Medication-related errors jeopardize patient safety and commonly result in otherwise unnecessary hospitalizations. Approximately 7% of hospital admissions result from drug-related errors, of which 59% are considered preventable.1 It is estimated that adverse drug events affect 2% to 5% of hospitalized patients.2,3 These errors result in increased hospital costs of $4,700 per admission, or about $2 billion annually for U.S. hospitals.2 Calculations indicate that in the nursing home, for each dollar spent on a medication, there is another $1.33 spent on healthcare resources for the treatment of a drug-related morbidity or mortality.
Unfortunately, older folks are particularly susceptible to medication-related problems. Age-associated changes in body composition and physiology, multiple comorbidities, and—last but not least—polypharmacy, are contributing factors. In the United States, patients older than 65 fill an average of 12 prescriptions per year, compared with five fills for patients between ages 25 and 40. In addition, the use of nonprescription medications is more common in the elderly. This opens up the possibility of increased drug-drug or drug-herbal interactions.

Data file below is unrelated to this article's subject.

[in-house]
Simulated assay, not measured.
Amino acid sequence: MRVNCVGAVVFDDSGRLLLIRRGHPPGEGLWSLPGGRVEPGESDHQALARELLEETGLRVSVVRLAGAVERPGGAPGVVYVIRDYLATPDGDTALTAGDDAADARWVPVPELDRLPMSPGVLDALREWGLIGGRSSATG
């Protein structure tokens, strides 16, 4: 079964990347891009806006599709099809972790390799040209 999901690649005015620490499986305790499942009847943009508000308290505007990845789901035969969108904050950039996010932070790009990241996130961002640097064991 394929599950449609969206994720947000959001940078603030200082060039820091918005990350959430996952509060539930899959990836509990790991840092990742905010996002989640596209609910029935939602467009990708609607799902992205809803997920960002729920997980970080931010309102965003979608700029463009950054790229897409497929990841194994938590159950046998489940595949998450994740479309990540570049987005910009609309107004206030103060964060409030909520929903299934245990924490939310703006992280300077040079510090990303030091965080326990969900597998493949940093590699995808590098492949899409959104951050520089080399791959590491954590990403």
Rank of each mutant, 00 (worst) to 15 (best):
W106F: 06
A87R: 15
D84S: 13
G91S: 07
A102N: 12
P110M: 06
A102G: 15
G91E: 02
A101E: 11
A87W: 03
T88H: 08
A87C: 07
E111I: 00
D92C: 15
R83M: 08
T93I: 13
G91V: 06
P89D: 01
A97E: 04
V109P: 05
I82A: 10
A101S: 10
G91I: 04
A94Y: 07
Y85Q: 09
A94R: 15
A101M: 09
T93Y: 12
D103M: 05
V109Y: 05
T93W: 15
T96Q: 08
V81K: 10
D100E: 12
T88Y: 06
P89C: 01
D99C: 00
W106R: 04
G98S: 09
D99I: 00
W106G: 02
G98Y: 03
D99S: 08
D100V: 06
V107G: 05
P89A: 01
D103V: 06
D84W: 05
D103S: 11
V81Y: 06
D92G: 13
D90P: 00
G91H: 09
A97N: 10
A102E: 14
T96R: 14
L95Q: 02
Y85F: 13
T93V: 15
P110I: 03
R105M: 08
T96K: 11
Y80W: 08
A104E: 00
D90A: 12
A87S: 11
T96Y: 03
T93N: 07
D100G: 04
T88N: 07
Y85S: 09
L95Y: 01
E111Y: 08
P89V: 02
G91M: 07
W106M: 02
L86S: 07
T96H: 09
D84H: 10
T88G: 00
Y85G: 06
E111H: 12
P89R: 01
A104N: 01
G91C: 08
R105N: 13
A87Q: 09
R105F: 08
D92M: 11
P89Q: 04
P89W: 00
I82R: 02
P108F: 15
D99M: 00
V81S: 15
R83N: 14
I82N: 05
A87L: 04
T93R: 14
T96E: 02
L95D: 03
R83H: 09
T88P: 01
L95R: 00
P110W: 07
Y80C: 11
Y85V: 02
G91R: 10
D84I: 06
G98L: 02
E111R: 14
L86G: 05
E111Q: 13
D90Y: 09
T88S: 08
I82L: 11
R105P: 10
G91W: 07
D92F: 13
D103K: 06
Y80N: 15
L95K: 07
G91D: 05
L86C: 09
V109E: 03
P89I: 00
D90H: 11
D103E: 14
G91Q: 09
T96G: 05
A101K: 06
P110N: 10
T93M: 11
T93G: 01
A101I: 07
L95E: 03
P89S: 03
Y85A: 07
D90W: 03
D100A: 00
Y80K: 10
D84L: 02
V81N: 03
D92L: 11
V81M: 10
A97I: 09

Depending on the healthcare setting, as well as the criteria that define inappropriate medication use, studies alert us that between 7% and 21% of ambulatory older folks receive at least one potentially inappropriate medication.4,5 About 60% of nursing home residents, and a staggering 92% of frail elderly hospitalized veterans, receive at least one potentially inappropriate medication.6,7 The consequences of inappropriate drug use in the elderly can be significant. Weakness, resulting in loss of independence and falls that end in bone fractures, is only one possible negative consequence. Between 10% and 20% of the elderly are hospitalized as a result of receiving these inappropriate medications.8,9
Screening Inappropriate Medication